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50,000 trials! Time-Machine Research Update

Updated: Jun 16

WOW!! I started this ambitious project on Oct 3rd, 2023, and just a little over 8 months later, we have amassed nearly 50,000 trials (48,479 to be exact). To review, our goal with the project is to:

  1. Prove statistically that it is possible to retrieve 1 bit of information from the future.

  2. Prove by application, that it is possible to profit from that information. "Application" meaning to "apply" the process risking capital on the prediction and earning a profit after costs.

The future event that we are attempting to predict is the price direction of a futures contract over a 1 hour period of time. The futures contract symbol for each prediction is chosen randomly from a basket of 7 different symbols and hidden from all participants. The prediction is either "YES" or "NO" with the question being: "will the price for futures contract x go up in price between x:00 and (x:00 + 1 hour)?" If the prediction is NO, then we can assume the price will stay the same or go down and in this case, our action will be to sell (take a short position) the symbol. If our prediction is YES, then we can assume the price will go up and we will buy (take a long position) the symbol.

HAVE WE ACCOMPLISHED GOAL # 1 TO PROVE STATISTICALLY THAT WE CAN RETRIEVE 1 BIT OF INFORMATION FROM THE FUTURE. YES, after 48,479 trials, my most robust and basic test still shows statistical significance at z = 1.88, with pockets of much greater significance.


Robust Test

48,479 trials, 50.42% correct predicted trials, z= 1.85

This is the most honest, basic and non-over-fitted test we can perform, counting every single 48,479 trials from every single user since the very start, no exceptions, no filters.

Noise Filter

32,605 trials, 50.76% correct predicted trials, z= 2.72

When we remove all trials with confidence scores less than z=0.3 the z score increases from 1.85 to 2.72. Since our A.I. trial analysis process provides us with a confidence score which measures how close the remote viewing description came to the target photo BEFORE the event, we can use this to filter out low scoring trials which could be considered random noise. I have been filtering out low scoring confidence scores since my original ARV experiment published 11 years ago. It is still a valid method of increasing effect size.

Beginner Effect

28,389 trials, 50.77% correct predicted trials, z= 2.59

Other experimenters have reported higher performance from subjects who had never tried remote viewing before. This effect is also known as "beginners luck", or "first timer effect". I have also been watching this subset since the start of the project. Each prediction consists of 10 nested trials which users have to complete within 20 to 30 minutes. We compute a consensus of all 10 trial scores to make one prediction. For this Beginner effect group, we are counting only trials 0 to 100 (predictions 1 to 10) for each user in this group. Any trial over 100 is considered "experienced", and is NOT included. We see an increase in the z score from 1.85 to 2.59 when we include only beginners.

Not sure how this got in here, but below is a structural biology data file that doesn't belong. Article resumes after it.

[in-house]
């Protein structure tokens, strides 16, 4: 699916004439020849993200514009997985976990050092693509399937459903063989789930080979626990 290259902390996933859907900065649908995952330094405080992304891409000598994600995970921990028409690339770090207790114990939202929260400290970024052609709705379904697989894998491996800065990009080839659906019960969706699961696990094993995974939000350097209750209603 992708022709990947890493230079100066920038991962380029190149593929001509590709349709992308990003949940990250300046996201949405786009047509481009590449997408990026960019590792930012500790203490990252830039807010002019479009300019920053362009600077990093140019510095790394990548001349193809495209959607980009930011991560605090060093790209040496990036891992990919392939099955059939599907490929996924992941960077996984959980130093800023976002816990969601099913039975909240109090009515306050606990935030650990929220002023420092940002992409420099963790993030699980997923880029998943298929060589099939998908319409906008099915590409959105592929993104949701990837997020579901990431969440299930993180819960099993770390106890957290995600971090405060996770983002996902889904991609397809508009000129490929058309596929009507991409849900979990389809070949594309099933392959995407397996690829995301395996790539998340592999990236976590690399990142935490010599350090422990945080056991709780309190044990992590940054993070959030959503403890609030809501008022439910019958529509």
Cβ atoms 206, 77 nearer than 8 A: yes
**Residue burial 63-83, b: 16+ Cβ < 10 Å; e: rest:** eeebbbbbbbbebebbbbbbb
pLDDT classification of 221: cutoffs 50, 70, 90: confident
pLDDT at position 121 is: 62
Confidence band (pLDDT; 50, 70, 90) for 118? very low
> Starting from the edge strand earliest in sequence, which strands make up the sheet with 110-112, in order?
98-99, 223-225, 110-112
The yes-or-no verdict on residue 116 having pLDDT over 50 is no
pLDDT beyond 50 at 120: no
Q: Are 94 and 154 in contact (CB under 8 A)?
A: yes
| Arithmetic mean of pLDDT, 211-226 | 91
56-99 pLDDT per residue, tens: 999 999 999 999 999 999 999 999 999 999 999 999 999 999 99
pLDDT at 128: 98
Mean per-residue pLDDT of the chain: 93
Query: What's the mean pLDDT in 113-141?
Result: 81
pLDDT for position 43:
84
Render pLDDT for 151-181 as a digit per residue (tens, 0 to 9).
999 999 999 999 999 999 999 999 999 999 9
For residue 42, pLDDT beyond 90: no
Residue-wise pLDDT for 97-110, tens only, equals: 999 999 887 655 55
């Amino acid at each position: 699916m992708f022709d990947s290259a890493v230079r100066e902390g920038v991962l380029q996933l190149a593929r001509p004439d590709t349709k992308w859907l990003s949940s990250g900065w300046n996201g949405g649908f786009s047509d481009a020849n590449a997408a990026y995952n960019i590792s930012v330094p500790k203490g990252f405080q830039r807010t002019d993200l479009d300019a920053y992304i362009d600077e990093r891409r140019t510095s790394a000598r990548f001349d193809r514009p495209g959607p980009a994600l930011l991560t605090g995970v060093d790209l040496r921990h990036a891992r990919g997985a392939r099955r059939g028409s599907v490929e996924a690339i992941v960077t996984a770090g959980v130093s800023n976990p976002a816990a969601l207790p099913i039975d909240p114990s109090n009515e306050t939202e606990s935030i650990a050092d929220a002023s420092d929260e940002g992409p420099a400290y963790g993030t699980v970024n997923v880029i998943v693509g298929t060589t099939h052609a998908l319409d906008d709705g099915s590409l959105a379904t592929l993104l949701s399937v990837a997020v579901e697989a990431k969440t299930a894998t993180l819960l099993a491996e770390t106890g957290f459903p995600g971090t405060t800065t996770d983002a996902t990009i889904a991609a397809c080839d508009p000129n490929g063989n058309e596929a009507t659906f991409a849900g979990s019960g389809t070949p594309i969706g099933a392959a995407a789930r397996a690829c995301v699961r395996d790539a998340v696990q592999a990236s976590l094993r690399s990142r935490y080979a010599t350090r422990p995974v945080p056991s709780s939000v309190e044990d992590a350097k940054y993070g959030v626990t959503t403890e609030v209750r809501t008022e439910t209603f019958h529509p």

Beginner Effect + Filter Noise

19,066 trials, 52.25% correct predicted trials, z= 3.43

Combining the z=0.3 low confidence noise filter with beginners effect results in a highly significant z = 3.4 from almost 20,000 trials.

Fatigue filter

19,453 trials, 50.95% correct predicted trials, z= 2.6

Since all users must complete 10 trials for one prediction in a single sitting, we noticed that the early trials out-performed the later trials in a session, probably due to fatigue. When we measure only trials 2,3,4 & 5 (leaving 1 out as a "warm-up" trial... I know, this looks a little over fitted), we improve success rate to z = 2.6

Fatigue filter + Beginner effect + Filter Noise

7690 trials, 52.74% correct predicted trials, z= 4.8

Considering only trials 2,3,4 & 5 (fatigue filter), only predictions 1 to 10 (trials 1 to 100) (beginner effect), and using a confidence score filter of .3 (noise filter) results in a combined trial win rate of 52.74% and a very significant z score of z = 4.8


Trade results are determined by risking capital on the consensus of all 10 trials in a prediction by actually trading the futures symbol. For example, if 7 out of 10 trials for a particular prediction were predicting the outcome "yes", then the trade bias would be UP (long).

Theoretically, if the trial win rate is over 50%, then the trade win rate should also be over 50% and the trades should be overall net profitable. However, in reality, we have costs such as brokerage commissions, exchange fees and slippage to cover. These costs usually amount to around 2 to 3 % of the trade profit. Therefore, unfortunately, with a trial win rate of only 52.7%, we would expect to break even, or lose money due to that 2 to 3% cost hurdle.

TRADE RESULTS with Fatigue filter + Beginner effect + Noise Filter

5639 trials, 52.6% correct predicted trials, z= 3.88 (a different date range than the trial results above for this configuration was used to make the 1 hour trade holding period consistent). Results as shown below confirm that we cannot earn a profit from a 52.6% win rate due to not being able to recover trading costs.

Trade results with costs:

no of Trades = 1613

% win trades = 50.65%

Total profit = -$10,730

Trade results without costs:

no of Trades = 1613

% win trades = 53.32%

Total profit = $31,464